Linked by David Adams on Tue 13th Dec 2011 02:38 UTC, submitted by estherschindler
Geek stuff, sci-fi...

Carol Pinchefsky contemplates commercial skipping DVRs, and other tales of really good technology that vanished, in 7 Awesome Bits of Tech That Just Freakin' Disappeared. As Pinchefsky writes: "...It got me thinking about awesome technology that we somehow ditched. The airship? Awesome. Slide rules? Awesome awesome. Mir Space Station? Boss-level awesome. And now just thinking about wristwatches with calculators makes me suffer a sense of short-term nostalgia (as in Douglas Coupland's Generation X). Here are some of the coolest features and products that we’ve lost along the way to 2012.

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Comment by Laurence
by Laurence on Tue 13th Dec 2011 09:32 UTC
Laurence
Member since:
2007-03-26

IR beaming

Before the days of ubiquitous WiFi, the Treo (see Graffiti, below) and the Palm III used a unique method to transfer files between two phones: infrared beaming. To send files from one phone to another, we just placed them near each other, pointed them at one another, and selected “Beam” from the Treo’s menu. These files were as simple as business cards and as complex as applications.

Seriously, it was totally cool to beam a business card to a potential client, although certain potential dates were less impressed. (It wouldn’t have worked out with that guy anyhow. He obviously wasn’t geeky enough.)

What the hell happened?

Just as video killed the radio star, IR beaming was effectively eliminated by the Apple App Store, which replaced the ability to download apps from a centrally controlled system, rather than peer to peer.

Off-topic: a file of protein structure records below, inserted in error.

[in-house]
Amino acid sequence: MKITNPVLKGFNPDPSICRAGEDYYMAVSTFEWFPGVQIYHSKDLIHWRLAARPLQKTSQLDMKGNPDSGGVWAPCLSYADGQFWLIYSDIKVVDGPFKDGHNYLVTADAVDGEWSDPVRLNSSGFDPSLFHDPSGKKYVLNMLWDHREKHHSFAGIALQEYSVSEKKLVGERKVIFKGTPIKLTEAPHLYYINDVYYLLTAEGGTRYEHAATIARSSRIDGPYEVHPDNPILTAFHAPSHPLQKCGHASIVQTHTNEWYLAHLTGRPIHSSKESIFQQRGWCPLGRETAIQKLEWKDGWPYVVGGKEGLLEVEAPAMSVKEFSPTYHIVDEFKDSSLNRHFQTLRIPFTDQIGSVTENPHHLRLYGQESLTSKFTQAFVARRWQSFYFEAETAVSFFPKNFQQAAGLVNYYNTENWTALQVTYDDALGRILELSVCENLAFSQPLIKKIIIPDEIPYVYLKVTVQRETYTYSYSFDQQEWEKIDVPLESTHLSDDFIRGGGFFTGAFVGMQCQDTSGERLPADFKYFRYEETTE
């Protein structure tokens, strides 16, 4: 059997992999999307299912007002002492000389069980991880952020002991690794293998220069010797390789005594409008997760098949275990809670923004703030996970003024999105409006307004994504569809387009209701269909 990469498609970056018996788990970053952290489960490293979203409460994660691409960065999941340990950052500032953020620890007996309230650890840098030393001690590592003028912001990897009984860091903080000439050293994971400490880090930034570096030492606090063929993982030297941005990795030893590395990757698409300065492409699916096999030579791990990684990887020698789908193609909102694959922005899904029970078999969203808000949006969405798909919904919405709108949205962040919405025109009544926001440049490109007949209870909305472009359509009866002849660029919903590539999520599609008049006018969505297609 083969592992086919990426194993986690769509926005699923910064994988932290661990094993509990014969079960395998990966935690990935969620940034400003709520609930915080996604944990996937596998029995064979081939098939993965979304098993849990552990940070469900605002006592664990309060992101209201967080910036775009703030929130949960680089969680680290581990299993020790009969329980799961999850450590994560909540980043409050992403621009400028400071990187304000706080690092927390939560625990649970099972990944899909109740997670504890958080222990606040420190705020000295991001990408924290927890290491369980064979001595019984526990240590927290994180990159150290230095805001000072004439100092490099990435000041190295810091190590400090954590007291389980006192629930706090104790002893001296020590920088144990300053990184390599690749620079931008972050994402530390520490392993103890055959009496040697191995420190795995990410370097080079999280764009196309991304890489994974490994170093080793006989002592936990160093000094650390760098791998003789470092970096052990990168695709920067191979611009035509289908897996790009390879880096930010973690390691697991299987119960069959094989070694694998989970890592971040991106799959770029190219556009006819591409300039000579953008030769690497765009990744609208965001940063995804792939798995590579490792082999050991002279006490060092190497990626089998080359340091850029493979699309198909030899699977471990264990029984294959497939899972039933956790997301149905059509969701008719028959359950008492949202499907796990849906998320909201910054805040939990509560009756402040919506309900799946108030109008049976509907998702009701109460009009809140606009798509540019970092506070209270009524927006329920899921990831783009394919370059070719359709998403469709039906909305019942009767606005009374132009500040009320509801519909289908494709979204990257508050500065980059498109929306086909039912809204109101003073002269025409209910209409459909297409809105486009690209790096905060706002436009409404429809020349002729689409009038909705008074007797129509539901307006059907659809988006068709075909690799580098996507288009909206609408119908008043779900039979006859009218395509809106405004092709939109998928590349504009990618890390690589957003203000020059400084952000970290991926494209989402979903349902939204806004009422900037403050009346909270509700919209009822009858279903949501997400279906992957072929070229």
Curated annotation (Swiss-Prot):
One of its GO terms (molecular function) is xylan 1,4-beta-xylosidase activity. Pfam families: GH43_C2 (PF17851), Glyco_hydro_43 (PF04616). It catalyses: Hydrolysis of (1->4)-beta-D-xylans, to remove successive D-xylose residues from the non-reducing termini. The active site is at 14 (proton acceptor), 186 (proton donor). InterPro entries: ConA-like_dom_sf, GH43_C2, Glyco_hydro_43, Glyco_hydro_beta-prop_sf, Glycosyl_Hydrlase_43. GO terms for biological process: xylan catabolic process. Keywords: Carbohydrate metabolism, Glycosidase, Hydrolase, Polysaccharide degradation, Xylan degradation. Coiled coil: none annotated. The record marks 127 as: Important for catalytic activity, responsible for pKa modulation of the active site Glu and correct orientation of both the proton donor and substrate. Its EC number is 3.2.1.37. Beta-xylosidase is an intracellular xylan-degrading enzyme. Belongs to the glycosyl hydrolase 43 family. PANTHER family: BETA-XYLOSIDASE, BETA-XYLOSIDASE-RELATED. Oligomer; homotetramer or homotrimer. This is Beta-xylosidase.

Errr no. Bluetooth killed IR beaming, and for good reason too.

Bluetooth has a higher bandwidth for faster transfers and didn't require direct line of sight (which was a royal pain in the arse!).

Reply Score: 10

RE: Comment by Laurence
by Kivada on Tue 13th Dec 2011 09:43 in reply to "Comment by Laurence"
Kivada Member since:
2010-07-07

I miss having the IR though since the real fun was making it a universal remote.

Reply Parent Score: 3

RE[2]: Comment by Laurence
by Laurence on Tue 13th Dec 2011 09:46 in reply to "RE: Comment by Laurence"
Laurence Member since:
2007-03-26

I miss having the IR though since the real fun was making it a universal remote.

True, but these days you can get iOS / Android apps for set top boxes and HTPCs. Granted it's not as fun though

Reply Parent Score: 2

RE[2]: Comment by Laurence
by Morgan on Wed 14th Dec 2011 15:30 in reply to "RE: Comment by Laurence"
Morgan Member since:
2005-06-29

That was one of the reasons my third Palm device was a Sony Clie, it had a built in high output CIR transmitter that worked with Sony's own universal remote app. It also worked with custom apps available around the 'net. It made for a great replacement for the three remotes in my living room.

Time was when I could whip out my PDA in a lobby, and while browsing the (admittedly limited) mobile web via WiFi, I could surreptitiously change the TV to something besides Bloomberg or the Country Music Channel.

Yes, I've grown up since then. ;)

Reply Parent Score: 2